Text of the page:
In Liberia, rebels are advancing on the capital, Monrovia. Residents in and around Monrovia are fleeing to the city's center.
The Liberian government has confirmed that rebels have taken a strategic bridge over the River Po, and are continuing their advance on the capital.
The sound of small arms fire and mortars, only heard distantly from the city's northern limits Saturday morning, could be heard in the very heart of Monrovia by the afternoon.
The rebel advance sent thousands of frightened civilians streaming into the center of the city seeking shelter. They struggled with all the possessions they could carry.
The government has accused the rebels of breaking a cease-fire agreement signed last month in Ghana.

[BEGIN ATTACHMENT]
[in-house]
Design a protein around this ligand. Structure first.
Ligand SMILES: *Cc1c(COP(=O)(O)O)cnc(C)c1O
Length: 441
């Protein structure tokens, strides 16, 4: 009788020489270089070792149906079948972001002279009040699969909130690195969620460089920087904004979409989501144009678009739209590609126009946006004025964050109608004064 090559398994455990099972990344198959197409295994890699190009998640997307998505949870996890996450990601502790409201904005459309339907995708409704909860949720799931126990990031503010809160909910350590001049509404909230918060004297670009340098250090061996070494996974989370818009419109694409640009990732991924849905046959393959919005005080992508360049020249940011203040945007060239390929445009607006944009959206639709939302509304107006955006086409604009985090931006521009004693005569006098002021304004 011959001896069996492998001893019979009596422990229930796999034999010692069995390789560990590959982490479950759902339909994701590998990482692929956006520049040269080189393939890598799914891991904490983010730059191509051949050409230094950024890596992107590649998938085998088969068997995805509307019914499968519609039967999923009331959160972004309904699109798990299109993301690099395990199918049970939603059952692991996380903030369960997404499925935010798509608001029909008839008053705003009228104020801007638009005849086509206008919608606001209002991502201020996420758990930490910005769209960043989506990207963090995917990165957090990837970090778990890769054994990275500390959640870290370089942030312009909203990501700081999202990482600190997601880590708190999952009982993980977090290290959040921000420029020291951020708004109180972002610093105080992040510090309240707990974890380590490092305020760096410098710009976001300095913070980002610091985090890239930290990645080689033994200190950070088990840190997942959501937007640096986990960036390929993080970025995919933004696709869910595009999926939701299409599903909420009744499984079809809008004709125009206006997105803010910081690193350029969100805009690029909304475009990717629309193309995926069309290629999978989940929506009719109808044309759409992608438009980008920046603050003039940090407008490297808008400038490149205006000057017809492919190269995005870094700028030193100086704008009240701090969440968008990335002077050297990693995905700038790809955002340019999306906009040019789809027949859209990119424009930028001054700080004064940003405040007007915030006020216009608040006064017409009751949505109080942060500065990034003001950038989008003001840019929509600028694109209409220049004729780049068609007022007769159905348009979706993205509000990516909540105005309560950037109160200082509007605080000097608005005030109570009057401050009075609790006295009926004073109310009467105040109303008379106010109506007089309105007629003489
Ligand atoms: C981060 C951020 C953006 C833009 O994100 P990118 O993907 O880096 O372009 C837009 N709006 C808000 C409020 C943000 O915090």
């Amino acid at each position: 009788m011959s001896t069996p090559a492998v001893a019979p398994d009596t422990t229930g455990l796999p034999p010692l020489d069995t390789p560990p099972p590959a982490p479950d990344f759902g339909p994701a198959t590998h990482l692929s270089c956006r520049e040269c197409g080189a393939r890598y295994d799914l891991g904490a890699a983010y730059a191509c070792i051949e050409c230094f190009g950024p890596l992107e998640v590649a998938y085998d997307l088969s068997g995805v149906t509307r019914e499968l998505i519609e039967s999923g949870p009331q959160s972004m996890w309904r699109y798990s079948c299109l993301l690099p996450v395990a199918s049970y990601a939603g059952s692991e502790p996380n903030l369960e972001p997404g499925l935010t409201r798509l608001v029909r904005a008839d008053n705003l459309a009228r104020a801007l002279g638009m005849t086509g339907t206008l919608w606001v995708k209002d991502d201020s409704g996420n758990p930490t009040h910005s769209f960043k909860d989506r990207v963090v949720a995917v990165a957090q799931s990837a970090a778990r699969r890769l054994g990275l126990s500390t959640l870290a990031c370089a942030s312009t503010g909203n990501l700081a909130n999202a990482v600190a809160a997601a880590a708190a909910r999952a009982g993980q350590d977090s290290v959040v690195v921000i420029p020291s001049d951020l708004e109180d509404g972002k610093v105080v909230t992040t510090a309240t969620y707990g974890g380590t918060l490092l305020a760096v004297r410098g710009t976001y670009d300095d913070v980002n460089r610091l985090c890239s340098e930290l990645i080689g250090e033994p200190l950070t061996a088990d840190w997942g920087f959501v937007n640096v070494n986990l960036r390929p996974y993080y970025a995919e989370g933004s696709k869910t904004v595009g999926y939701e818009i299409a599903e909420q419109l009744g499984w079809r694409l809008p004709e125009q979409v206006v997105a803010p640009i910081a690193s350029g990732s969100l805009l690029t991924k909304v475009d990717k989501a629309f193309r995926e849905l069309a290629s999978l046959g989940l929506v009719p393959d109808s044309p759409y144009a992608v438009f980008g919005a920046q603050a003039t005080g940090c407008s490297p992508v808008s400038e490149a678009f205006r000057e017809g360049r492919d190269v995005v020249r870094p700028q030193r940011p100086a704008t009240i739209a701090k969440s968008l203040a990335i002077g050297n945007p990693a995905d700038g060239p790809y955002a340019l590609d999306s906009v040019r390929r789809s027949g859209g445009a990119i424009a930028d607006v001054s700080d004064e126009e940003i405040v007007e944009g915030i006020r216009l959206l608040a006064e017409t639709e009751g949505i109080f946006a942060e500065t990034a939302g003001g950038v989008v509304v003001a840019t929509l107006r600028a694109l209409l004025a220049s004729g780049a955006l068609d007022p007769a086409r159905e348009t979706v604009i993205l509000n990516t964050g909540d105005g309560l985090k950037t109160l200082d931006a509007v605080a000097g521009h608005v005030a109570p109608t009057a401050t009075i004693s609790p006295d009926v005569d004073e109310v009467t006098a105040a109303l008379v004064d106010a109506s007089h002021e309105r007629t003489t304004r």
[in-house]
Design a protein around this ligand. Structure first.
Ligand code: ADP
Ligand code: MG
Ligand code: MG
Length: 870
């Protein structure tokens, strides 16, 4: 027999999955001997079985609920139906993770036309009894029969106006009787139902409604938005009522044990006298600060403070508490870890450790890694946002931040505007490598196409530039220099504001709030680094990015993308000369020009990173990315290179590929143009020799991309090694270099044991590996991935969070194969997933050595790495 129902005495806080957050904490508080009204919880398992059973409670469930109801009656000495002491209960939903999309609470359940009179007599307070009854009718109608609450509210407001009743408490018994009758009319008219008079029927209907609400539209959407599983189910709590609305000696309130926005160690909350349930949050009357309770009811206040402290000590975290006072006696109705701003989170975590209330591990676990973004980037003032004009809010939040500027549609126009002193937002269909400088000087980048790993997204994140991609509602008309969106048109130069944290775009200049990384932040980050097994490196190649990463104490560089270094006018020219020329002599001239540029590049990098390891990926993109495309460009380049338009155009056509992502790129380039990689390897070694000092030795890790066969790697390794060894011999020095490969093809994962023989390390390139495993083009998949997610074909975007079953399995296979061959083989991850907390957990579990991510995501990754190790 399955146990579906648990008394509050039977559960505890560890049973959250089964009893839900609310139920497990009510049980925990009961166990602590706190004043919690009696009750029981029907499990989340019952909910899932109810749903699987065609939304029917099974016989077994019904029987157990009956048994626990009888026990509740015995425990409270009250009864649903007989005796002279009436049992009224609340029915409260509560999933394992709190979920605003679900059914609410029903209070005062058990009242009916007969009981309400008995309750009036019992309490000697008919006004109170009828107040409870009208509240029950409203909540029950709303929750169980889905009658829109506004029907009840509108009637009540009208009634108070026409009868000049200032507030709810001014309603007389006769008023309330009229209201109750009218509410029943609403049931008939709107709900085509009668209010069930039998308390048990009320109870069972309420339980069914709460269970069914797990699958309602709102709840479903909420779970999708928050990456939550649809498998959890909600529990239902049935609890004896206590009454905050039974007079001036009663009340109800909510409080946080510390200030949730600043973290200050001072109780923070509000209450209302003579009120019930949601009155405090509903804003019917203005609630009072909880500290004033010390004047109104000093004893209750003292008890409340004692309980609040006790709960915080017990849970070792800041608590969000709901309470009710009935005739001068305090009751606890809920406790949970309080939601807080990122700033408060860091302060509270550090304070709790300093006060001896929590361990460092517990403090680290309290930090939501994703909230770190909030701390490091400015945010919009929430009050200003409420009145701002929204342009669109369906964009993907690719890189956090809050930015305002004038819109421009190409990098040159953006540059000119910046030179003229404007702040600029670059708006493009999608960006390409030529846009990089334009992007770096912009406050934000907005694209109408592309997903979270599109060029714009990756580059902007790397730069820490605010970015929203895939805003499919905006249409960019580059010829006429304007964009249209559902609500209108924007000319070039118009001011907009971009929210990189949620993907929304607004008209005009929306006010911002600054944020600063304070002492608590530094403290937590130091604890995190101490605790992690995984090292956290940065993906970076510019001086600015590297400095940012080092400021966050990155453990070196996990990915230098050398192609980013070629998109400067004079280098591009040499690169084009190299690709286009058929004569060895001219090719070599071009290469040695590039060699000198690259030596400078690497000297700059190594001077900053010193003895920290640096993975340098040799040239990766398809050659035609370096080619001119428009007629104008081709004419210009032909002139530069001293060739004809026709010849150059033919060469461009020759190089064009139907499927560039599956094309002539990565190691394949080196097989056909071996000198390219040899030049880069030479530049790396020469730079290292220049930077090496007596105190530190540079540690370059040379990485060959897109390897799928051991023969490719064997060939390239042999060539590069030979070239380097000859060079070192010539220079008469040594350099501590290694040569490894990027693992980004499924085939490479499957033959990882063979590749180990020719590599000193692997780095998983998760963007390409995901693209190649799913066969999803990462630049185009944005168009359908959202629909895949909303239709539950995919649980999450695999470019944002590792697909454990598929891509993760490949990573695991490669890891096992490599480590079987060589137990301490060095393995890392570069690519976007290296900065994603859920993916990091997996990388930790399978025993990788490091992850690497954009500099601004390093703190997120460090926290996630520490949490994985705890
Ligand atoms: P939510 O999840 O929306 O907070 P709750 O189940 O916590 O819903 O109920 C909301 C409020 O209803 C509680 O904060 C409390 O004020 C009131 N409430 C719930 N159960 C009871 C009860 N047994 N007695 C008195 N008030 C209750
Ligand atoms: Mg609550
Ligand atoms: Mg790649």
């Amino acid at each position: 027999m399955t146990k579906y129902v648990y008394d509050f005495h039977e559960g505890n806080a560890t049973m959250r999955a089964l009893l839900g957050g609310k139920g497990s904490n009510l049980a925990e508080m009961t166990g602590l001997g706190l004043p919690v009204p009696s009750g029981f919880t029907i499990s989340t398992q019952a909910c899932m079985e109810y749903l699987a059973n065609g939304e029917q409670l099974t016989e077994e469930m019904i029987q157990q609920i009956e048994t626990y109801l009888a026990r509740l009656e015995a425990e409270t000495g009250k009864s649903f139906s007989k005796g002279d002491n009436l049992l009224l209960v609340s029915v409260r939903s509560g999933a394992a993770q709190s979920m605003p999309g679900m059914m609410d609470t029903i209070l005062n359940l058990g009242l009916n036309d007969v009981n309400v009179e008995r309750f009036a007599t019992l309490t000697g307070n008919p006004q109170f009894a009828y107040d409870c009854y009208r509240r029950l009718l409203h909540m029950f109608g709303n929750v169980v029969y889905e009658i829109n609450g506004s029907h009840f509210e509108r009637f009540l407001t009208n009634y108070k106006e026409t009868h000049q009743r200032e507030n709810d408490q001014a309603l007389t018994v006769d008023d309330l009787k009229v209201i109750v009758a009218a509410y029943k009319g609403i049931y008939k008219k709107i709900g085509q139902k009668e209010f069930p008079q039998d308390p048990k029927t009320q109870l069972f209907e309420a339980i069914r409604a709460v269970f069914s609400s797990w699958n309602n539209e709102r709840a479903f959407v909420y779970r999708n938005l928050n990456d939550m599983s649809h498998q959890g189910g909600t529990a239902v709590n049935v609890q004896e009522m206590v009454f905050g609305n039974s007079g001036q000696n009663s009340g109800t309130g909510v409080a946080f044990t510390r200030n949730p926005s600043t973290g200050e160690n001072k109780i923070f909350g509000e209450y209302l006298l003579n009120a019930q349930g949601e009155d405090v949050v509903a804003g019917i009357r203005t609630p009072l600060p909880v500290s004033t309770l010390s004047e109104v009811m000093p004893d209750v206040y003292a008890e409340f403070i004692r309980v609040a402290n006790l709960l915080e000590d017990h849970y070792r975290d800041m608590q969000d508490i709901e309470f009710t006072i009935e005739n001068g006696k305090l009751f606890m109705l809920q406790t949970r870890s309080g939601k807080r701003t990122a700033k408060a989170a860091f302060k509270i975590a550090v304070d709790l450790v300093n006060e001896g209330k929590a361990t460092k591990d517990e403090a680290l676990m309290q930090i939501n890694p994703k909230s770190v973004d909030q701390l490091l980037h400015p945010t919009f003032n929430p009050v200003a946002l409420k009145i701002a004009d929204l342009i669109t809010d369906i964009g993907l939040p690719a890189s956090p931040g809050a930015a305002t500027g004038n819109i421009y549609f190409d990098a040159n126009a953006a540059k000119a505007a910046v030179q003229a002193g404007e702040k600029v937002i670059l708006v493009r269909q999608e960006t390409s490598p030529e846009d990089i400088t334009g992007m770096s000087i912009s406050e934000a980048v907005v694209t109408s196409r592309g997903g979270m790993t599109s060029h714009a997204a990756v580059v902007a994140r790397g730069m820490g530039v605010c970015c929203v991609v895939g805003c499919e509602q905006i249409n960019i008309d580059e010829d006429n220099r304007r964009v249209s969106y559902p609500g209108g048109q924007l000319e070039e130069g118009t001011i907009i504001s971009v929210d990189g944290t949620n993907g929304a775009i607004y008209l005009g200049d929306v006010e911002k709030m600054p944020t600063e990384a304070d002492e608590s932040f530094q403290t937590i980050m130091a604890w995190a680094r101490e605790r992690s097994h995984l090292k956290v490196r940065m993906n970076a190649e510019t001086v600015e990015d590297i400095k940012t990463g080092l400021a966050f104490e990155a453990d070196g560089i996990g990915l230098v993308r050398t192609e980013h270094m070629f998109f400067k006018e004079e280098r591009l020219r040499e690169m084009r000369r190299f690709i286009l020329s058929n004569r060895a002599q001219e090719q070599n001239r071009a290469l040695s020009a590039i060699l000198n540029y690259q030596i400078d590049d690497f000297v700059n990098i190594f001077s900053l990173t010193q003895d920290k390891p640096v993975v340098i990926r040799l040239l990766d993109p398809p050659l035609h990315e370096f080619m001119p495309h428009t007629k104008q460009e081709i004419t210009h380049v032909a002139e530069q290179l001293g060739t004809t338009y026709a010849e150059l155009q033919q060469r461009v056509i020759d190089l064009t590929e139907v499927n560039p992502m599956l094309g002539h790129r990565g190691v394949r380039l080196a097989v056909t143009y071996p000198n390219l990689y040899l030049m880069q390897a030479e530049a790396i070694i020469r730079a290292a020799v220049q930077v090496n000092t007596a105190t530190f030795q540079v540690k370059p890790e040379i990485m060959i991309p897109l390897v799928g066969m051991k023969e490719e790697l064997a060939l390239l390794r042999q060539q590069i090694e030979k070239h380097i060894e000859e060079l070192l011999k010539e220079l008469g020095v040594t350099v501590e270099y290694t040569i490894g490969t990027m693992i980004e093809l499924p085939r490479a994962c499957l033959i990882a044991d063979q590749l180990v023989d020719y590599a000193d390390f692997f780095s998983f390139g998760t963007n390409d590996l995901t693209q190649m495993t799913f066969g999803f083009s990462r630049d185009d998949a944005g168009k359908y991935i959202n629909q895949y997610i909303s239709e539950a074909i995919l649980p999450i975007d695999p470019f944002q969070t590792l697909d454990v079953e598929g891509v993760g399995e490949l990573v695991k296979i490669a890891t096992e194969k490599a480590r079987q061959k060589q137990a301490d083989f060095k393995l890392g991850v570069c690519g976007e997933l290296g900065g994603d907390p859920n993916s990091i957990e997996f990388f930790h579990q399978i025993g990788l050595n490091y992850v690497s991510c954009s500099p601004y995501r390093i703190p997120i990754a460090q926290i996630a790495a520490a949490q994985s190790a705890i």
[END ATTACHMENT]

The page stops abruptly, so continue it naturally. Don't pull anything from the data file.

The rebels, who control most of Liberia, are demanding that President Charles Taylor resign his office and get out of Liberia immediately. But Mr. Taylor says he won't go until an international peacekeeping force is stationed in Liberia.
Regional peacekeepers have been promised before the end of the month, and the United States is considering whether to send peacekeepers.
Liberia was founded by freed American slaves in the 19th century, and has had strong ties with the United States over the years.
Washington has been under international pressure to intervene in Liberia, much as the former colonial power, France, has intervened in Ivory Coast, and Britain has restored peace and led peacekeeping operations in its former colony Sierra Leone.